The three most important pieces of evidence in support of the resurrection of Christ are the vacated tomb, His many appearances testified to by eyewitnesses, and the rise of the Christian church. If these three fundamental facts can be shown to have taken place in the way the Bible says, then a good case is made for accepting that the claimed resurrection actually occurred.
The very earliest accounts of the resurrection all report that Jesus’ tomb was empty; they were all within three days of His burial. So what happened? Opponents of Christianity suggest three possibilities: Jesus didn’t really die; He died but the disciples stole His body; or people looked for the corpse inside the wrong tomb. They’re all quite reasonable alternatives, but under scrutiny don’t stand up.
Could it really have been that Jesus wasn’t actually dead when they buried Him? That He had merely slipped into a coma? Unlikely. The soldiers in charge of His execution were experts at dealing death. After confirming the Galilean on the middle cross was dead, they rammed a spear into His heart—for good measure.
Then there must have been some kind of mix-up over precisely which tomb was the right one. This one’s easy. If Jesus’ followers had gone to the wrong tomb, why didn’t their opponents simply go to the right one? That’s all it would have taken to discredit the disciples’ case.
Well, what about the idea that the disciples stole Jesus’ body? Frankly this one’s a bit of a disaster.
Think about it: the tomb was sealed and guarded by crack troops. And preaching the resurrection wasn’t the most attractive listing in the situations-vacant columns. Why would they have taken all that flack and heat—for proclaiming something they knew to be a cheap lie?
The best explanation for the empty tomb is this: Jesus genuinely came back to life.
Jesus’ followers believed He was alive not simply because of an empty tomb. Rather, it was because they’d seen Jesus right before their eyes. Which takes one to the next important line of evidence—the many appearances of the resurrected Christ. The number of sightings by ordinary people in everyday situations is also evidence that Jesus genuinely rose from the dead.
But again, critics dispute this. Their alternative explanation? Folk who thought they saw the resurrected Jesus were actually hallucinating—they were psychologically disoriented.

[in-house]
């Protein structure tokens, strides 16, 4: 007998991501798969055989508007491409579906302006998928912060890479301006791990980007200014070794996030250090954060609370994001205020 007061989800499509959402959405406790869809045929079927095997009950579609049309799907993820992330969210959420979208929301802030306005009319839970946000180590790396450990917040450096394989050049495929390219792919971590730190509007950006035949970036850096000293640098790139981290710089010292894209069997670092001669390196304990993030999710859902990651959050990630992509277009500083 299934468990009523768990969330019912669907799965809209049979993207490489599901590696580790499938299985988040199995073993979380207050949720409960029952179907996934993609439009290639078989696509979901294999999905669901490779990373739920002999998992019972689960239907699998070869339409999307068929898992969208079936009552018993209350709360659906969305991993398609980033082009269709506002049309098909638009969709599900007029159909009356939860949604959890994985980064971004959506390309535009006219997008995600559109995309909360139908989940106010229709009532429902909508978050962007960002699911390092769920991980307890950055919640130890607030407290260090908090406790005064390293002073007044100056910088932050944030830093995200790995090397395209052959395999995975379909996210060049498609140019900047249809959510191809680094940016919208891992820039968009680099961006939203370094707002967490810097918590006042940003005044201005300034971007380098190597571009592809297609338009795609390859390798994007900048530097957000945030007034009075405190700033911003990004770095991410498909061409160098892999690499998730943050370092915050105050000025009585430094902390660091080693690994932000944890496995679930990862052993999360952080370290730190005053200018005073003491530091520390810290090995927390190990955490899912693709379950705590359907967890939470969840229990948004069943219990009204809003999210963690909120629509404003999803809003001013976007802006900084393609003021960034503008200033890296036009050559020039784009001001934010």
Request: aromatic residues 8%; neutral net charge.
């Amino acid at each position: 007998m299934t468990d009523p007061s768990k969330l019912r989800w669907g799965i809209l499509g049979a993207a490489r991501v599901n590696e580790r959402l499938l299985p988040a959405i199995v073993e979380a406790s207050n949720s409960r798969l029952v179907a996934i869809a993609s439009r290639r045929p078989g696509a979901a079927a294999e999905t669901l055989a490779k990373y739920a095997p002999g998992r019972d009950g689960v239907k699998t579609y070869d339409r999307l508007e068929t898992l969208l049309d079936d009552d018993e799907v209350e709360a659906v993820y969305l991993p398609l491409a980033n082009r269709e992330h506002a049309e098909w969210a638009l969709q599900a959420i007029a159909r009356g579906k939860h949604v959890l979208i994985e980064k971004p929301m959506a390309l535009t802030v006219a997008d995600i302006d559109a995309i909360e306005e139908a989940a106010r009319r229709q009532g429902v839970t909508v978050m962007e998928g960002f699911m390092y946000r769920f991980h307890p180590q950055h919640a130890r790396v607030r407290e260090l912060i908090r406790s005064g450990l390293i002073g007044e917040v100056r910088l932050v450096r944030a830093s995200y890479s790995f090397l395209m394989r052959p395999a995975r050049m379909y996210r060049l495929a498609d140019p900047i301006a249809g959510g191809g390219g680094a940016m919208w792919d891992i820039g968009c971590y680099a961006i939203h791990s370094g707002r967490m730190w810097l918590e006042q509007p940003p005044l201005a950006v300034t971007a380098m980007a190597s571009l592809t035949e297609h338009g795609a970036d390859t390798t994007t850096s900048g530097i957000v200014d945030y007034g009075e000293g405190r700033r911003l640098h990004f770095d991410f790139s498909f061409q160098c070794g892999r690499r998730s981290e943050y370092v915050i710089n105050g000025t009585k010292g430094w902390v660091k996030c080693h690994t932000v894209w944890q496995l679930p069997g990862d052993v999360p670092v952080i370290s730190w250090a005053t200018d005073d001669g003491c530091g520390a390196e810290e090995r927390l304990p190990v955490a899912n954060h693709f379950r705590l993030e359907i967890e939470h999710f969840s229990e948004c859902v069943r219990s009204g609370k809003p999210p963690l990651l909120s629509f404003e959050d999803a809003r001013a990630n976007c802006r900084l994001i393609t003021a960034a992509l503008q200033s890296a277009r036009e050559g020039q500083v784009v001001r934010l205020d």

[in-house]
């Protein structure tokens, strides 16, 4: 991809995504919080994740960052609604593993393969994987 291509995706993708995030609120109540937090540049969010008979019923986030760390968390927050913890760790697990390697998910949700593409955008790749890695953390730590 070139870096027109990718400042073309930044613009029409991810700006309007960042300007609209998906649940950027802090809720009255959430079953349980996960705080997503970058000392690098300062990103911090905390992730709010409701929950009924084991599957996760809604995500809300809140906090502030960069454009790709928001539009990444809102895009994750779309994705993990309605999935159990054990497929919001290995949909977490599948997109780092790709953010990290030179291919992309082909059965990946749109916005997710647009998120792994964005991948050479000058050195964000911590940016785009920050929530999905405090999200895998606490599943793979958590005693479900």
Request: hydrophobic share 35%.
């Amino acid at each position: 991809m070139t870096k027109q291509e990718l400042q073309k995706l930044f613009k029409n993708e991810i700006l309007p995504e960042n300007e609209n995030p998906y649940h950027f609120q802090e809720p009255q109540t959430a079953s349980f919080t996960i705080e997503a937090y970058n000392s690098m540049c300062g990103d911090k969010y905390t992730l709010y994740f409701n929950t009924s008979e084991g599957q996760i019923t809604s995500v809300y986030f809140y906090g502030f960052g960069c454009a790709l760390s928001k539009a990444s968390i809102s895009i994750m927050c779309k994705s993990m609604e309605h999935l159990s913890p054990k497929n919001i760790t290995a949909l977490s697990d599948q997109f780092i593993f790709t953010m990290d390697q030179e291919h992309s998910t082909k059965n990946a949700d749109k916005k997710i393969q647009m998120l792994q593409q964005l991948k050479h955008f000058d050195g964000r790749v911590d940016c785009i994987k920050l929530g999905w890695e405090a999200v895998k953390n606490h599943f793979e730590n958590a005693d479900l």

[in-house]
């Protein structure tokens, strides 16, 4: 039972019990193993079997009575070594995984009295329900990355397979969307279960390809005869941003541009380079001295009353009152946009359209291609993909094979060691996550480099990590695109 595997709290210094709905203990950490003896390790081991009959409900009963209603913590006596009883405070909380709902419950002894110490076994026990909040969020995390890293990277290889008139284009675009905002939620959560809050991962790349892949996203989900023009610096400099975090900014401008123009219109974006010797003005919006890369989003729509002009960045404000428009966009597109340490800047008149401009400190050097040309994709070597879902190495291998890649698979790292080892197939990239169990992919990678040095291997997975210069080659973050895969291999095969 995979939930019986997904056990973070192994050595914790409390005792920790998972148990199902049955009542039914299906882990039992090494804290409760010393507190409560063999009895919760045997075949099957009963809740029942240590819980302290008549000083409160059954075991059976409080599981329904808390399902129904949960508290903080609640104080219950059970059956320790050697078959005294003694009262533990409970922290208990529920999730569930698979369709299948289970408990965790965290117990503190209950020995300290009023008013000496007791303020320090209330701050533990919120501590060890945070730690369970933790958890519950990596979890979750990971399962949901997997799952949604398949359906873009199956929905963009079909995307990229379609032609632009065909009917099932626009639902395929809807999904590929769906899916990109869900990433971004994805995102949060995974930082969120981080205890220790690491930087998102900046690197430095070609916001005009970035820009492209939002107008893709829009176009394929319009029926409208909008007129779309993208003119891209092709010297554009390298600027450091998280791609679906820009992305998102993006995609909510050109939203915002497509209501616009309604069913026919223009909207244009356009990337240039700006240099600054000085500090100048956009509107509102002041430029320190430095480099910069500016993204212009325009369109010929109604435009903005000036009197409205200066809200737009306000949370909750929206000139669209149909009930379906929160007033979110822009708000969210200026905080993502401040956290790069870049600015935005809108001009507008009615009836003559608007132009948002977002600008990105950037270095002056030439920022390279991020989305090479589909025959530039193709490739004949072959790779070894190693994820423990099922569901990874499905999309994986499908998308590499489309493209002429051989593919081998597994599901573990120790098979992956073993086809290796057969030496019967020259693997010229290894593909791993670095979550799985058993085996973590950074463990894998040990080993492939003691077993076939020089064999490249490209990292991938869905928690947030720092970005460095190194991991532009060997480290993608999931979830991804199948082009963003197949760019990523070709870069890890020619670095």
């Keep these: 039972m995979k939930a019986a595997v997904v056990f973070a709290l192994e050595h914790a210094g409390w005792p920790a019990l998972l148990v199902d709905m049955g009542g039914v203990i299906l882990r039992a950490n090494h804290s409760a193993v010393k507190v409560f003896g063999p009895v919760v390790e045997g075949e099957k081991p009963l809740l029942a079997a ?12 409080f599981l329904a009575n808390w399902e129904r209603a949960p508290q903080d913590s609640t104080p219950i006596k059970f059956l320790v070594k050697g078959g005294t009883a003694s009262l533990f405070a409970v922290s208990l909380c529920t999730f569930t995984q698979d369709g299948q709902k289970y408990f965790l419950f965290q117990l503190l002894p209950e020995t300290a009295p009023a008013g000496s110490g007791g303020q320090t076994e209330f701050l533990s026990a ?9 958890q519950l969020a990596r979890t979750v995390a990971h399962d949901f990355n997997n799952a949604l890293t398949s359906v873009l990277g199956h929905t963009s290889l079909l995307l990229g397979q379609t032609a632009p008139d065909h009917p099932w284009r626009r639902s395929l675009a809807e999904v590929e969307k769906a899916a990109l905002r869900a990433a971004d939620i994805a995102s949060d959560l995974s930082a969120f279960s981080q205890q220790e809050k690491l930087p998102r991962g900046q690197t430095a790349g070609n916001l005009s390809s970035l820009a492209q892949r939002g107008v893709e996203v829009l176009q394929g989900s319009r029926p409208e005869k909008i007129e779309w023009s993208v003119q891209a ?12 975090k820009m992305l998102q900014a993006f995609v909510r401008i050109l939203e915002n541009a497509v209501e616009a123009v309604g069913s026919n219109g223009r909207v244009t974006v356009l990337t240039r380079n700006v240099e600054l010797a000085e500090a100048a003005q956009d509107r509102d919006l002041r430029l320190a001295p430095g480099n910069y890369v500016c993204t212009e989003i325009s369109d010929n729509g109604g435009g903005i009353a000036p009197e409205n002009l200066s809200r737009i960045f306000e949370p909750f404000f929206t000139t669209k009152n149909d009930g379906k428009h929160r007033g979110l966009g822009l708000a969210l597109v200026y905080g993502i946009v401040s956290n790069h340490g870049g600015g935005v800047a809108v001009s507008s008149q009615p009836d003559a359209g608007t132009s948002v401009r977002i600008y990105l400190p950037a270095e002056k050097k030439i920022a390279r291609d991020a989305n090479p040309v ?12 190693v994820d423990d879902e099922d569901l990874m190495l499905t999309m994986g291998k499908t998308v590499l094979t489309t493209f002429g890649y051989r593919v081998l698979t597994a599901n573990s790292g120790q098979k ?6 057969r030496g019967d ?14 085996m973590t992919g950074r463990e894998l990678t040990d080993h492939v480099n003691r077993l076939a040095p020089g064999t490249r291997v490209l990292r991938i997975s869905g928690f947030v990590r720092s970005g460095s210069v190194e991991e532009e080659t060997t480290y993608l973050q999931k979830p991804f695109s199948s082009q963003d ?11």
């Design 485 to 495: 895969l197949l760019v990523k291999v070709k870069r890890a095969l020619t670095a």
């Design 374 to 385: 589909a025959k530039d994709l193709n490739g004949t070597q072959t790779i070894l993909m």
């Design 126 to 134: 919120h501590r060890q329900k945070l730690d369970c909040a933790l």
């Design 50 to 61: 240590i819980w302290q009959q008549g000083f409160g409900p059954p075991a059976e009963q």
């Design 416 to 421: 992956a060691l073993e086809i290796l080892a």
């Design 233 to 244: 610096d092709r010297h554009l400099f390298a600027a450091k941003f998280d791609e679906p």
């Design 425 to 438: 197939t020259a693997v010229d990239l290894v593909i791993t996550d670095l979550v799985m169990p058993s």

That isn’t a smart line of reasoning, for none of the reported sightings were in such a context. When Jesus appeared among His followers, He did so personally—physically and bodily. In fact, on occasion He is reported as having chatted with them as together they enjoyed breakfast on the shore of the lake of Galilee.
The post-resurrected Jesus was sighted on more than 10 separate occasions—in one instance by more than 500 people assembled together. People saw Him over a six-week period prior up to His ascension, in broad daylight and in different places. While one might accept individuals hallucinating here and there, ongoing mass hallucination isn’t a reasonable explanation.
The many sightings of Jesus after His death and burial are evidence that indicate He truly came back to life.
If you deny Jesus’ resurrection, how, do you account for the rise of Christianity so soon afterwards, and in the very city where He was tried and executed? That would be the last place a movement would have been established. There again is compelling evidence the resurrection occurred.
With the mangled body of Jesus hanging from the cross, fledgling Christianity was within a whisker of humiliation and defeat. The less-than-courageous disciples were scared, cowering, but within days of Jesus’ resurrection, they were behaving like world-beaters, facing dungeon, death and banishment, preaching His resurrection.
So what had happened? Once they were convinced of Jesus’ resurrection, they were unstoppable in telling others about it. If the resurrection hadn’t happened, they wouldn’t have put their lives in such danger; their lives wouldn’t have been revolutionised and energised in such a way, and the church would have never taken root.
Coma, grave robbers, wrong tomb, hallucination—they’re just some of the creative alternatives to acknowledging the genuine resurrection. And while they’re superficially plausible, they don’t withstand scrutiny or fit the evidence. One thing is certain: as incredible as the resurrection may seem, the alternatives are more so.
But the issue isn’t resolved in a debate. What really matters is the new life Jesus’ resurrection offers us now. The weight of the evidence suggests that we at least need to give consideration to what the resurrection implies.
Adapted, with permission, from Focus.